Eat breakfast with the heroes

Don’t Miss Connecting the Dots IV-the Neighborhood Celebration of the Year!

October 2, 2010; 8:30 AM to Noon at Clyde Iron Works

Join your friends, family, neighbors, local businesses, organizations, and leaders, for Duluth LISC and the At Home in Duluth Collaborative’s fourth annual Neighborhood Celebration on Saturday, October 2nd. The event opens at the stunning, historic Clyde Iron Works facility at 2920 W. Michigan Street in Lincoln Park, with a free breakfast from 8:30 - 9:45 AM. The event features a program starting at 10:45 AM during which five Duluth Neighborhood Heroes will be honored. Along with free entertainment, childcare and fun activities, and transportation, attendees can visit over 35 display booths offering valuable information and tips from community-minded businesses and organizations from 8:30 AM to Noon.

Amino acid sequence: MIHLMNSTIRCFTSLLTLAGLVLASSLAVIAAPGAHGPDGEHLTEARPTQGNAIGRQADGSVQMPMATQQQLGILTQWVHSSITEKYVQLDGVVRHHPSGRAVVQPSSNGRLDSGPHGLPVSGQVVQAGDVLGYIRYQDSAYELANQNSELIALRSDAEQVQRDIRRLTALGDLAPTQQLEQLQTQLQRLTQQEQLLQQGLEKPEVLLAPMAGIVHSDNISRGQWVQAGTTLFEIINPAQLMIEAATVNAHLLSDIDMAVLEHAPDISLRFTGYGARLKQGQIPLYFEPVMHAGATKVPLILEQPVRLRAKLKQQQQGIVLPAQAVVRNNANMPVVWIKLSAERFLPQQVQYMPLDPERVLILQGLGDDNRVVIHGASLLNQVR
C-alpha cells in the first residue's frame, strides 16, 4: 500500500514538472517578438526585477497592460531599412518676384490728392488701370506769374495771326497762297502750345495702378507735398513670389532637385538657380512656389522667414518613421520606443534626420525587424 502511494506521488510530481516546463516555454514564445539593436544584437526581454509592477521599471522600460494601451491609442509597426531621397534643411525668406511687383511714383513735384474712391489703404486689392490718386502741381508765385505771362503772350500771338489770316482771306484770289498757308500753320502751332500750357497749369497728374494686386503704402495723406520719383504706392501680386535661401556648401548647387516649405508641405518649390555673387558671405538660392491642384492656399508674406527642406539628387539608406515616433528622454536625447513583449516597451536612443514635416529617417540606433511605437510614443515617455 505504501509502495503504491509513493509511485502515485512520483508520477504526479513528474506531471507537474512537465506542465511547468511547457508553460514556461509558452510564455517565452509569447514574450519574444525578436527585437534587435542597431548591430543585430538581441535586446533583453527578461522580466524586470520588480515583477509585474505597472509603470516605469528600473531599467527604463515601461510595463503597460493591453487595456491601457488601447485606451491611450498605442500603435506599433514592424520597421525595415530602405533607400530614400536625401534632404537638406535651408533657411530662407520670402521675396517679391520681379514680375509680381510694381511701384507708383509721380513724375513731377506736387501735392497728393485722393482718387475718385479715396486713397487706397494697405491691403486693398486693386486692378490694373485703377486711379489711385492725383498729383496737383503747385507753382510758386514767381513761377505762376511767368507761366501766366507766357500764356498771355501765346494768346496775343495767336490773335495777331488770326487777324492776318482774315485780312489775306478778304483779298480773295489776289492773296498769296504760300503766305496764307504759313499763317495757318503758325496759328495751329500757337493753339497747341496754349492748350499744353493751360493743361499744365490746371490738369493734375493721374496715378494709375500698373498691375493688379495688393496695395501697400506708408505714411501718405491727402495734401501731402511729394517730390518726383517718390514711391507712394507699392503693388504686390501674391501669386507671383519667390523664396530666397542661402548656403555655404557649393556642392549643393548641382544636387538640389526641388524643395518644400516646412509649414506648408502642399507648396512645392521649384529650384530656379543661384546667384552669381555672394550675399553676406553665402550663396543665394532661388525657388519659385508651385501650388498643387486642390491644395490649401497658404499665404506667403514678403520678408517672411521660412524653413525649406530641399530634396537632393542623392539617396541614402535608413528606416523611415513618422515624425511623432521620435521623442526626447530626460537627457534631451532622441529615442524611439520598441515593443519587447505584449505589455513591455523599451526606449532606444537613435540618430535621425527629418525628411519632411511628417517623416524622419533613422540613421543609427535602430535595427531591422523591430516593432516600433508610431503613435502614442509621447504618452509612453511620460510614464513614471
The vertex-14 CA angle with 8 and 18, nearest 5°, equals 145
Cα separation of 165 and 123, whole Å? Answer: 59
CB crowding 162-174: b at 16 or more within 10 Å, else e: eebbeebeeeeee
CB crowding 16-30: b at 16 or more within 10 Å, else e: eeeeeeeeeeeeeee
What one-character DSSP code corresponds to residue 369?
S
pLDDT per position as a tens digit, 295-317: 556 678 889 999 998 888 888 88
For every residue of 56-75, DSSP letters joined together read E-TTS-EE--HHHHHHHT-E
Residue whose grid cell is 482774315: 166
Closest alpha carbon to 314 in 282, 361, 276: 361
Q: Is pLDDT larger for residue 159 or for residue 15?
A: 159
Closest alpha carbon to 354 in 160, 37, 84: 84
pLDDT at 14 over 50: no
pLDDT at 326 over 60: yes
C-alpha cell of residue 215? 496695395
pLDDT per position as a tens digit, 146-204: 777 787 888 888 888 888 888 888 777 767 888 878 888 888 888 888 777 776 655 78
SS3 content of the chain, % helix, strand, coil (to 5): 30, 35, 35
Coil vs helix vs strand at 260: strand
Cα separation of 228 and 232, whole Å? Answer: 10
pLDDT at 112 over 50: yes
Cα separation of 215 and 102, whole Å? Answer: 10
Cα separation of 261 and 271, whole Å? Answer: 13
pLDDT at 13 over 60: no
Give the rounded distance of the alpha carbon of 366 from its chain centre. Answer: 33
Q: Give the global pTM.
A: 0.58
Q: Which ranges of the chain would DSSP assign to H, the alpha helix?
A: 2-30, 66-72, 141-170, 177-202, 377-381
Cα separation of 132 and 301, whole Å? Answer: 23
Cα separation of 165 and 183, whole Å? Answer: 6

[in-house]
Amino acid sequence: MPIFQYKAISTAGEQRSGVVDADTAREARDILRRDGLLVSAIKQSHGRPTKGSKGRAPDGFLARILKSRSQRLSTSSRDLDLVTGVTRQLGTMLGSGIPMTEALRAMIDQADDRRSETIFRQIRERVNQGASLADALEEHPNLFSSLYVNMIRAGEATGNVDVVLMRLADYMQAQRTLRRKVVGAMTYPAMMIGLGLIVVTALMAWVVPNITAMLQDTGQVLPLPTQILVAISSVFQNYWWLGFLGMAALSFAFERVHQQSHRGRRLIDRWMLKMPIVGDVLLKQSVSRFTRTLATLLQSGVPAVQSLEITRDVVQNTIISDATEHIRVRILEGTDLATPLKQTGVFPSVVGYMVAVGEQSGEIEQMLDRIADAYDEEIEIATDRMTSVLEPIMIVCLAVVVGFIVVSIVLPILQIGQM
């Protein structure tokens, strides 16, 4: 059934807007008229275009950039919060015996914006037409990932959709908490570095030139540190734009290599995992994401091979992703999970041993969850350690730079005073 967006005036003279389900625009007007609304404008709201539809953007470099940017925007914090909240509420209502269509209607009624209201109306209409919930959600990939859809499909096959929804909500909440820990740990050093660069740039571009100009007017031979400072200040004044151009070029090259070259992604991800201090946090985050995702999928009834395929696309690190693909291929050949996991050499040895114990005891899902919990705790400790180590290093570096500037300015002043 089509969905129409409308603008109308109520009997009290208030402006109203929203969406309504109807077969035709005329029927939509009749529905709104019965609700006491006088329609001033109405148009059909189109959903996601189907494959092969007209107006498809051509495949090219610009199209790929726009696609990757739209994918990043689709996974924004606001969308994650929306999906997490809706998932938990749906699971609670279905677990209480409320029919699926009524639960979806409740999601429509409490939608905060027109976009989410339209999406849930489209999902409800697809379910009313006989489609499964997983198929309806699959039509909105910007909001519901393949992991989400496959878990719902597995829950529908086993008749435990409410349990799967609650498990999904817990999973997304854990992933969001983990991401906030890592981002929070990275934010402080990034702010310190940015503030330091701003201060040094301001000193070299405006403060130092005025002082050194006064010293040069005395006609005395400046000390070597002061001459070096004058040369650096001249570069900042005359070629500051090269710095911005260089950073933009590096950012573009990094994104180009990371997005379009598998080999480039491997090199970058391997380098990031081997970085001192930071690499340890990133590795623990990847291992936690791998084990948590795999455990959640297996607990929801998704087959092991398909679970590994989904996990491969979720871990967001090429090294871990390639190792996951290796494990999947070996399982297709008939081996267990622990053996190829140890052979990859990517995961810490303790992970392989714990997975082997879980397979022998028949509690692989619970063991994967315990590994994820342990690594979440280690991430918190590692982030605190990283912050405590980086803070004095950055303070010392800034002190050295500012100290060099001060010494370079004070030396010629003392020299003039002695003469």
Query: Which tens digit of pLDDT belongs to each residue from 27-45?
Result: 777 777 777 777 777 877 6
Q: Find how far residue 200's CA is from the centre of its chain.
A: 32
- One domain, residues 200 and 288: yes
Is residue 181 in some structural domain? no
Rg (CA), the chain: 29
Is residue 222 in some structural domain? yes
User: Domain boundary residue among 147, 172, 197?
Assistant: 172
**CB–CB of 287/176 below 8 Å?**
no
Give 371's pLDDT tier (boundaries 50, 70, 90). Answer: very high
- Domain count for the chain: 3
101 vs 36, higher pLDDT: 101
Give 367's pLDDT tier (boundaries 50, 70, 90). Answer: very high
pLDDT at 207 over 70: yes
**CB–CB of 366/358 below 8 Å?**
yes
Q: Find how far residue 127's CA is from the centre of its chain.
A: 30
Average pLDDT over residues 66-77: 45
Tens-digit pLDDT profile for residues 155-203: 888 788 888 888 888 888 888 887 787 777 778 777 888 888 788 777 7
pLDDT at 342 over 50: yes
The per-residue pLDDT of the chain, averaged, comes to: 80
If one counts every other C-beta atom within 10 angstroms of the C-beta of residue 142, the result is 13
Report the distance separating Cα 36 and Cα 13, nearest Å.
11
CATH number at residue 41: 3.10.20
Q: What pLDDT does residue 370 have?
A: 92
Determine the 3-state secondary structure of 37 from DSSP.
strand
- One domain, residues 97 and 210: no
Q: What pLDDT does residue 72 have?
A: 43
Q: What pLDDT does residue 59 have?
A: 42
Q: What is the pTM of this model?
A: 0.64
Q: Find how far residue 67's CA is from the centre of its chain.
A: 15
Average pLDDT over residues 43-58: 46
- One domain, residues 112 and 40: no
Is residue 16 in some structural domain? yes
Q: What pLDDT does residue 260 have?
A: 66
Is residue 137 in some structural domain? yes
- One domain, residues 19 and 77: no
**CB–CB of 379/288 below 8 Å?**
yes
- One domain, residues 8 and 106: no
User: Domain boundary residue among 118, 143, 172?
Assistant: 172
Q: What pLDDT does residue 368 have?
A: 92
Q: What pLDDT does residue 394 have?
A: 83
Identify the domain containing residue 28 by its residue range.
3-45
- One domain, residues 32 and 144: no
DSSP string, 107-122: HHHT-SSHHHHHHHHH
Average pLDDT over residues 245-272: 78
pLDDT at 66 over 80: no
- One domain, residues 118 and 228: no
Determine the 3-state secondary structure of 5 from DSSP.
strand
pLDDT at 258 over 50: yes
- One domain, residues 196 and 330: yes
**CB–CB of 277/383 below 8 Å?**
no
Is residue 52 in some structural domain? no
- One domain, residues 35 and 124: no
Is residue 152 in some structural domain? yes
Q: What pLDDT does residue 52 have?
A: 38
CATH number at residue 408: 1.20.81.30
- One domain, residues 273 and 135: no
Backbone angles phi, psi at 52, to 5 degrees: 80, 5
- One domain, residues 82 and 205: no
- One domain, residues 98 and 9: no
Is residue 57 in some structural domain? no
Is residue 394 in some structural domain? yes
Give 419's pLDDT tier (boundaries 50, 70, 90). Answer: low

The public is warmly invited to this free, family-oriented event. It presents a one-of-a-kind opportunity for neighborhood residents, businesses, education and community leaders and elected officials to come together in support and celebration of Duluth’s five core neighborhoods: East Hillside, Central Hillside, Lincoln Park, West Duluth and Morgan Park.

The event also honors citizens who are passionate about their neighborhood and who have taken a leadership role through the annual Neighborhood Hero Awards. Neighborhood Heroes are selected by neighborhood residents with help from community clubs and the two At Home in Duluth coordinating organizations, Neighborhood Housing Services of Duluth (NHS Duluth) and the Spirit Valley Citizens Neighborhood Development Association (SVCNDA). These Heroes selflessly volunteer their time to “get it done”. They attain real results that enrich people’s lives, and encourage others to take pride in their neighborhood and get involved. A key highlight of Connecting the Dots is honoring these neighborhood leaders!

The heroes are:

· Central Hillside: Gene Johnson McKeever

· East Hillside: Sandy Robinson

· Lincoln Park: Sandy Winklesky

· West Duluth: Sunny Helbacka

· Morgan Park: Carl Nelson